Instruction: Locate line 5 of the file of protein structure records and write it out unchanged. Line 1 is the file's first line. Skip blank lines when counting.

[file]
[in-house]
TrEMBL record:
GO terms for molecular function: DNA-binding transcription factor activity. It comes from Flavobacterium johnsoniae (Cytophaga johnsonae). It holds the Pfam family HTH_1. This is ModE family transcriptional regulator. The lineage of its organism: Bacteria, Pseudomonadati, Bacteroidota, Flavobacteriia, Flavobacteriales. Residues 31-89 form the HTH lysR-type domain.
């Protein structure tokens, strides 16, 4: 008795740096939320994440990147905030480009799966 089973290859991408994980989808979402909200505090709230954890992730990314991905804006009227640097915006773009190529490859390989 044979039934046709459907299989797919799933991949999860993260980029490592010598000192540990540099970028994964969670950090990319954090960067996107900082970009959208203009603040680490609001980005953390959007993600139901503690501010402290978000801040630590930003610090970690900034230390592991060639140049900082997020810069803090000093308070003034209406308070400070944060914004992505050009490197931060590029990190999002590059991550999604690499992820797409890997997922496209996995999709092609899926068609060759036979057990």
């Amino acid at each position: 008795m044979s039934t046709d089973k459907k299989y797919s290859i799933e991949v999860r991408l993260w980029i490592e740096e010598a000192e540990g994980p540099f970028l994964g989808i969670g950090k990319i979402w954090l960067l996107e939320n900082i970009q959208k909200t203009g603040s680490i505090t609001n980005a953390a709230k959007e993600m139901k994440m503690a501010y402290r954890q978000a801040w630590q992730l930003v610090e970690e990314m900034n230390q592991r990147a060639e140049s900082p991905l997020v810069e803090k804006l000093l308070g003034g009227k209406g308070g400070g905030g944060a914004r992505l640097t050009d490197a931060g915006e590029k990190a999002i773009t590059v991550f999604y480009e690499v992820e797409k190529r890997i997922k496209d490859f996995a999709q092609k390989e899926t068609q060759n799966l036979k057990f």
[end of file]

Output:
């Amino acid at each position: 008795m044979s039934t046709d089973k459907k299989y797919s290859i799933e991949v999860r991408l993260w980029i490592e740096e010598a000192e540990g994980p540099f970028l994964g989808i969670g950090k990319i979402w954090l960067l996107e939320n900082i970009q959208k909200t203009g603040s680490i505090t609001n980005a953390a709230k959007e993600m139901k994440m503690a501010y402290r954890q978000a801040w630590q992730l930003v610090e970690e990314m900034n230390q592991r990147a060639e140049s900082p991905l997020v810069e803090k804006l000093l308070g003034g009227k209406g308070g400070g905030g944060a914004r992505l640097t050009d490197a931060g915006e590029k990190a999002i773009t590059v991550f999604y480009e690499v992820e797409k190529r890997i997922k496209d490859f996995a999709q092609k390989e899926t068609q060759n799966l036979k057990f």